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Carnation Milk question

Posted by netla (My Page) on
Sun, Apr 26, 09 at 12:58

Someone I know told me that she loved coffee with Carnation Milk, so naturally I had to try it. I went out and bought a can at the neighbourhood Asian Market, and upon opening it encountered a thick, custardy, yellowish, syrupy concoction, cloyingly sweet with a vague dairy flavour. I tried it in coffee, and ugh! Even powdered dairy creamer tastes better. However, the can cost the equivalent of 5 liters of milk, and I would hate to throw it out without at least trying to use it. Any ideas on how to make it palatable? I assume some kind of dessert could be make out of it?


Follow-Up Postings:

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RE: Carnation Milk question

Netla, it sounds as if someone sold you sweetened condensed milk which is a totally different thing. I sure wouldn't want it in my coffee either. You usually make desserts with it. We don't get it here at an Asian market. It's in our regular grocery stores and so is Carnation Evaporated Milk which is probably what she was talking about. Here is where you can go to get all types of recipes using the sweetened condensed milk. This is just a different brand.

Here is a link that might be useful: Sweetened Condensed Milk


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RE: Carnation Milk question

Yes, you got condensed milk instead of evaporated milk. Carnation makes both types. You are in luck however. Right now we have a very good recipe on the board that uses it. Check out the Retro Dessert thread. What size can did you get that was as expensive as 5 liters of milk? You'll just need to check out the size when you make the recipes. There are some super easy recipes for no bake lemon/lime pies that use the condensed milk.


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RE: Carnation Milk question

Here's a recipe for Cherry Cream Crunch, which uses sweetened condensed milk. It's an old recipe, which calls for a 15 oz can of condensed milk. If you use a smaller size can, you can add a bit of cream cheese to make up for the loss of volume, but you might want to add a bit of sugar to it to make up for the loss of sweetness, although this recipe is already fairly sweet. I also make lime pie using sweetened condensed milk.

Lars


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Recipe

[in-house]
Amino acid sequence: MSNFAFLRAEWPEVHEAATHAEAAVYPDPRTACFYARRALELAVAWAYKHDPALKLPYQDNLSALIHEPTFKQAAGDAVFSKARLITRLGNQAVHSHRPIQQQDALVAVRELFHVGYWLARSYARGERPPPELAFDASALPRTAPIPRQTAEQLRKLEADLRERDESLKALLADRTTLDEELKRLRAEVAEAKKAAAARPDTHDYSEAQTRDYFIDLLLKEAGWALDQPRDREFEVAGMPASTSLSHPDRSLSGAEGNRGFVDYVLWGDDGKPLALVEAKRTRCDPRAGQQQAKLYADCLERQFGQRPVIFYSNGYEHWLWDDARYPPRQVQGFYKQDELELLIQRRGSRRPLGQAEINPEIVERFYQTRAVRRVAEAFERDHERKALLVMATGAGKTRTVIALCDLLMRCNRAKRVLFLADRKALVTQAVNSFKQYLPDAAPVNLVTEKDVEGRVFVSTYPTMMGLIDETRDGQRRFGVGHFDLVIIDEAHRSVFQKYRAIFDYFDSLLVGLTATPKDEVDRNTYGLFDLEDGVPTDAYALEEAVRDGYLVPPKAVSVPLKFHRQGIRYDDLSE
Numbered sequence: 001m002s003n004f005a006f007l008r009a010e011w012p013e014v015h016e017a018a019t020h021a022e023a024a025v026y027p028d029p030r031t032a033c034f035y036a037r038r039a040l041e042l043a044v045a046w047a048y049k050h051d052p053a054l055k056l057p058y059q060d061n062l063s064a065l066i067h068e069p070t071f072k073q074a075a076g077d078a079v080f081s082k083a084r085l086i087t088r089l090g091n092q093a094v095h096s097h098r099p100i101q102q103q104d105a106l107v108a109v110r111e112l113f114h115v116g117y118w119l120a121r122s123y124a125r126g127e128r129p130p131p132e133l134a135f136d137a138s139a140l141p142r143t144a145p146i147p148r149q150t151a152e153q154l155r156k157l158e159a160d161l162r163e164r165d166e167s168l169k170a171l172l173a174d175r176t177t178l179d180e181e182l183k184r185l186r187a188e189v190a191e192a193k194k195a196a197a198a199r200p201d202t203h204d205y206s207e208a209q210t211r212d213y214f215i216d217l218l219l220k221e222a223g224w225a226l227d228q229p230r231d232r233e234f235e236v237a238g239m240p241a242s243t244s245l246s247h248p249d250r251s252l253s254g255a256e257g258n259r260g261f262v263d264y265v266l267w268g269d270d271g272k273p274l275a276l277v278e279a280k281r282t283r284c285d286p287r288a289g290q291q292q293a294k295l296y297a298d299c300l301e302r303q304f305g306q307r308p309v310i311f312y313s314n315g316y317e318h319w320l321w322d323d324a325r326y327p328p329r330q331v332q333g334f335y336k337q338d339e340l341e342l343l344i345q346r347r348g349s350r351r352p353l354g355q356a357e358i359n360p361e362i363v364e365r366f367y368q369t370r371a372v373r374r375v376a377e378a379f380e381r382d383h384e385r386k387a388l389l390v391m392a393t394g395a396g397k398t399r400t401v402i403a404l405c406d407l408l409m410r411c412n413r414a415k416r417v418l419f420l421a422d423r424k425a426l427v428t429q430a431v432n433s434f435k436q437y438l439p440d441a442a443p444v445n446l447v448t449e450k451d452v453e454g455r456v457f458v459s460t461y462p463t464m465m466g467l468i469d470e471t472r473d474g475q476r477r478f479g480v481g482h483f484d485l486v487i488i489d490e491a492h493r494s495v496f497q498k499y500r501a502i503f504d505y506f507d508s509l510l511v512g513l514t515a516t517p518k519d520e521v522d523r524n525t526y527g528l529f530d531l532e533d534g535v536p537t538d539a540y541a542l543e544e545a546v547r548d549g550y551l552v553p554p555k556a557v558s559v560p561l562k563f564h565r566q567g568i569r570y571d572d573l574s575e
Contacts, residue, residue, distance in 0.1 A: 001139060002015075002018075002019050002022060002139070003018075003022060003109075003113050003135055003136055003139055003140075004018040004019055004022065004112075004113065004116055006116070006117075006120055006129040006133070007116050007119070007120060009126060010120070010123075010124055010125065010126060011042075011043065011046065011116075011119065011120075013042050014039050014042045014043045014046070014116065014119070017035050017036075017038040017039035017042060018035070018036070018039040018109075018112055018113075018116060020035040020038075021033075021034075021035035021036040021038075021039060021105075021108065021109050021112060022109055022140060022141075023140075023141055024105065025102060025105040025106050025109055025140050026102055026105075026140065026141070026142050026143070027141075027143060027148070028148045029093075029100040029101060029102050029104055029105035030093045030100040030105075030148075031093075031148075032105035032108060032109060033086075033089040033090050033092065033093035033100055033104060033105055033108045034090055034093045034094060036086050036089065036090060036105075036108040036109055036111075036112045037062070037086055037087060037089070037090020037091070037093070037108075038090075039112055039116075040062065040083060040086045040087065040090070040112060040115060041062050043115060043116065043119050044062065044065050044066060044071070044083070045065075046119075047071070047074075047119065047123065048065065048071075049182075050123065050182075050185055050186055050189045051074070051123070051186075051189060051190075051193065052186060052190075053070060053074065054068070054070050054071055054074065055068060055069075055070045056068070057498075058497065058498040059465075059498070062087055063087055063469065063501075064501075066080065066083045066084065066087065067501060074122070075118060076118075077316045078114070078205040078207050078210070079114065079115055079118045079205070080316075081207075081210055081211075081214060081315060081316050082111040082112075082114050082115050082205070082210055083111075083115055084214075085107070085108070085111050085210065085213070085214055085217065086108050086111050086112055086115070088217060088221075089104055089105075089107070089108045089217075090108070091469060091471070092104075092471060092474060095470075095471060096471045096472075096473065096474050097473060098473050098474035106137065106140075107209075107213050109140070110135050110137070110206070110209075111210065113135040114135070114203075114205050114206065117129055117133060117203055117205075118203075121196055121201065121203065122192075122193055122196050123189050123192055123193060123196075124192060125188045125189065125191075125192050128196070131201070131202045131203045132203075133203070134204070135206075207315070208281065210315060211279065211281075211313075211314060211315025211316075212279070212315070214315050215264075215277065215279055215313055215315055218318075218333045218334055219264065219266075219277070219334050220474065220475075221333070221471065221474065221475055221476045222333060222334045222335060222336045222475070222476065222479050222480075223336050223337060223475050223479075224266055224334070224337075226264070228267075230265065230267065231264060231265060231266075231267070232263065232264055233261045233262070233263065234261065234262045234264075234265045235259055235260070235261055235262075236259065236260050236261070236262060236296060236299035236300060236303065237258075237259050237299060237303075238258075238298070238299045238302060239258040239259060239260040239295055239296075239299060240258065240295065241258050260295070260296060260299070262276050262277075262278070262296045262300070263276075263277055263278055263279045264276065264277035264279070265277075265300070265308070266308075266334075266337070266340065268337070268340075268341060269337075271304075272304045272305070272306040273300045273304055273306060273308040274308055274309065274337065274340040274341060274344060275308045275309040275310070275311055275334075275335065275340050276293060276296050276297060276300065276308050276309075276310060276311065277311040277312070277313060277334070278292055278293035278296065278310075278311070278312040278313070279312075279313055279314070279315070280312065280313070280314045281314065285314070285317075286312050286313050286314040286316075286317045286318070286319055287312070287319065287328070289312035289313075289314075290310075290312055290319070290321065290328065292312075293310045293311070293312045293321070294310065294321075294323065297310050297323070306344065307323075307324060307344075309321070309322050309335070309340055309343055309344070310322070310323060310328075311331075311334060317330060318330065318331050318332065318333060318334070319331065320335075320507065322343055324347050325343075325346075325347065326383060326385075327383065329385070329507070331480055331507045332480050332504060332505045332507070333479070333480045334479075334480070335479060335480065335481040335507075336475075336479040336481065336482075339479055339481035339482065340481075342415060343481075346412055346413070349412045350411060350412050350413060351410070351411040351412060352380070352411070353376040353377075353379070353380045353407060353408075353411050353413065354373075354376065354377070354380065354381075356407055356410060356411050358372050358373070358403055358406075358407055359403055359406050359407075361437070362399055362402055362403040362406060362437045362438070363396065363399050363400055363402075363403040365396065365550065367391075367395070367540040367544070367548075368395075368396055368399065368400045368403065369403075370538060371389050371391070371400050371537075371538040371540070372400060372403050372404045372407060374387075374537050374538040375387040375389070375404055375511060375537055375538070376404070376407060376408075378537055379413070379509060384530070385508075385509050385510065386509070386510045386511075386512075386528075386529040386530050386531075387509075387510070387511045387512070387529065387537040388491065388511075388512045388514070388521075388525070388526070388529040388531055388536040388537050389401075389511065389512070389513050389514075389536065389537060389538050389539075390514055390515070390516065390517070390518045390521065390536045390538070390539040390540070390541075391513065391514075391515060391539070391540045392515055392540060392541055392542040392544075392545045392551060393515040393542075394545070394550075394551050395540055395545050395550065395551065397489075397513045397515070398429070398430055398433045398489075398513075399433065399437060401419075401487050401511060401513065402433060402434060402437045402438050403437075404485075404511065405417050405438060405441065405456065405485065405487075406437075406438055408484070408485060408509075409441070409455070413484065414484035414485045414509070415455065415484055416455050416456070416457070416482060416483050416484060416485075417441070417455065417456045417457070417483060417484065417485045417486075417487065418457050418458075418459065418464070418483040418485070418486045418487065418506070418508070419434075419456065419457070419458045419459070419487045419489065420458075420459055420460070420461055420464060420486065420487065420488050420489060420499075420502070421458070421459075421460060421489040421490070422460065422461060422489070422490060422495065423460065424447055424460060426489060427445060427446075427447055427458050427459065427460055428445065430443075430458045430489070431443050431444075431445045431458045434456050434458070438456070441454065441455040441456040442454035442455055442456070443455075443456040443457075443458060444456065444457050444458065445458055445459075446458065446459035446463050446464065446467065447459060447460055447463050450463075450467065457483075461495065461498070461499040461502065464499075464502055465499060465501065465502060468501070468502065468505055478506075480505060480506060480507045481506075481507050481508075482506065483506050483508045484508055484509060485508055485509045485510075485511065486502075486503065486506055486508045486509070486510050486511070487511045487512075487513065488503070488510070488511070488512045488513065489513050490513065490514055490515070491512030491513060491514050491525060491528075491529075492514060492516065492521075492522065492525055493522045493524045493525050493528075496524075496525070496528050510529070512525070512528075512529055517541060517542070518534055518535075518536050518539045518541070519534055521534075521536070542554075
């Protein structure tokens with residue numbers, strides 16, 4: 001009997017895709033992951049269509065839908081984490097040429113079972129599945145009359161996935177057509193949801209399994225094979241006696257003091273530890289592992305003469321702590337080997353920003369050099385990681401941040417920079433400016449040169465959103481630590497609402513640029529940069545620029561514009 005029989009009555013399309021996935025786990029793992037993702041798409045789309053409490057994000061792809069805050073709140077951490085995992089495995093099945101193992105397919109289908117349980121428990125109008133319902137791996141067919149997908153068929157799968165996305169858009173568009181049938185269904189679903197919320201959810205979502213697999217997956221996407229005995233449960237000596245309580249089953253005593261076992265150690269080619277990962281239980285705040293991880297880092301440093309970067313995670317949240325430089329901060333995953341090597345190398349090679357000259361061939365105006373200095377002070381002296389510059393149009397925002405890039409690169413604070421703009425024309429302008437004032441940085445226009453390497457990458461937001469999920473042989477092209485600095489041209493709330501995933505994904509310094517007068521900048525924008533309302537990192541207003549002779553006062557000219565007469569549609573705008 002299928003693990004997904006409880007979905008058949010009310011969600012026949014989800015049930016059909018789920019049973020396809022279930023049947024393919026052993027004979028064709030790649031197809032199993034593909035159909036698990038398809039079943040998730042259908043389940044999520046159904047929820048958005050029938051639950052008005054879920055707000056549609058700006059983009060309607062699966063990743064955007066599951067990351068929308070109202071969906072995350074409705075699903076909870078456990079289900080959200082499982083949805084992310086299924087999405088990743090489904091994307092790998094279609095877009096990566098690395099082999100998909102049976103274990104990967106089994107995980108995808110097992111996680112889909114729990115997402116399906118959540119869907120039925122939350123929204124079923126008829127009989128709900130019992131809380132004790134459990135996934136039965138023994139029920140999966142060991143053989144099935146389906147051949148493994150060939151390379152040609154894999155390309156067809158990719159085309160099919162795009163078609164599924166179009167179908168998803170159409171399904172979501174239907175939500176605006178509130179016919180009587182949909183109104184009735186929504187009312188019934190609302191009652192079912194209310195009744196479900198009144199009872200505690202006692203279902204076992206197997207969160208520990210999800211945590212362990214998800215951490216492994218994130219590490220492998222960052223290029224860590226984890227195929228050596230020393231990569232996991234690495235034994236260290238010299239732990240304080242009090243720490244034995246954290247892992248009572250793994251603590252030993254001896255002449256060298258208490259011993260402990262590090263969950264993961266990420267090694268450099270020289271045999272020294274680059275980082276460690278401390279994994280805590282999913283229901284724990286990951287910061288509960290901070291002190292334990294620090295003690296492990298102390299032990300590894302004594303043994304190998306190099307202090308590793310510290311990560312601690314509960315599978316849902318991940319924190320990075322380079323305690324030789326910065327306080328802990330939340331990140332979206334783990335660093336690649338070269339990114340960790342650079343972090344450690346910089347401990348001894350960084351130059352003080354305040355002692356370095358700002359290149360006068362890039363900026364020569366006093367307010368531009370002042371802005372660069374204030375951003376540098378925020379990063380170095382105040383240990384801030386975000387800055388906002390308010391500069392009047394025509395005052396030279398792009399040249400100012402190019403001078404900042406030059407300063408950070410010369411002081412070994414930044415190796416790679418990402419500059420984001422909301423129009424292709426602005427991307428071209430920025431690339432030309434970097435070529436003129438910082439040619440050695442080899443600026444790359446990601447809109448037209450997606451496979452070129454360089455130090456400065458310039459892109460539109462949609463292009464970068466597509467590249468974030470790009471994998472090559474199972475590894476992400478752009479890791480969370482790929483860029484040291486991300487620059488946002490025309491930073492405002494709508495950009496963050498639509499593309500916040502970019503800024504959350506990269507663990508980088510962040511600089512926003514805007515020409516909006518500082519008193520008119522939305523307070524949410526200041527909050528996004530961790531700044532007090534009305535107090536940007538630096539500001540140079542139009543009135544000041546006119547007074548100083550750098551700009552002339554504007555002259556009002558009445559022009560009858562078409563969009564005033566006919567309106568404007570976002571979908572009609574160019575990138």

Cherry Cream Crunch
Cherry pie filling:*
2 tbsp fresh lemon juice
1/2 cup sugar
2 cups fresh pitted cherries
2 tablespoons cornstarch

Crust:
1/2 cup unsalted butter
1/3 cup brown sugar
1 tsp vanilla
1 cup sifted all purpose flour
1/4 tsp salt
1/2 tsp cinnamon
1 cup flaked or shredded coconut, unsweetened
1 cup granola (or oatmeal or rice flakes**)
1/2 cup chopped walnuts

Lemon filling:
2 eggs, slightly beaten
1 can (15 oz.) sweetened condensed milk
1 tbsp grated lemon rind
1/4 cup fresh lemon juice
1/8 tsp salt

Cherry pie filling:
Combine sugar and lemon juice in a bowl, stir, add cherries, and let sit for at least 6 hours, stirring occasionally. Drain off and reserve cherry syrup.

Combine a small amount of syrup to cornstarch to make a paste, then stir cornstarch paste back into syrup. Pour mixture into a saucepan and cook over medium heat, stirring, until the sauce thickens. Stir in the drained cherries. Cool before using.

Crust:
Cream butter in a large mixing bowl; gradually add brown sugar and vanilla. Mix well. Sift flour, salt and cinnamon; add to butter mixture. Stir in coconut, granola, and walnuts. Press 2-1/2 cups of crumb mixture into bottom of ungreased 9x13 inch baking dish. Bake at 375 degrees for 12 minutes.

Lemon filling:
Prepare the lemon filling by combining the slightly beaten eggs, sweetened condensed milk, grated lemon rind, fresh lemon juice and salt. Stir until mixture thickens. Remove crust from the oven and spread with lemon filling. Spoon the cherry pie filling over the lemon filling and then sprinkle with the remaining crumb mixture. Return to oven and bake at 375 degrees 15 to 18 minutes or until delicately browned. Chill before serving. May be served topped with whipped cream. Serves 9 to 12.

*You can substitute 1 can (1 lb 4 oz.) of canned cherry pie filling
**If using oatmeal or rice flakes instead of granola, increase brown sugar to 1/2 cup.


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RE: Carnation Milk question

Beverlyal, yep, that's exactly what happened. The only thing on the can that is in a language I understand is "Carnation Milk", the weight and the expiration date, so the mistake was inevitable.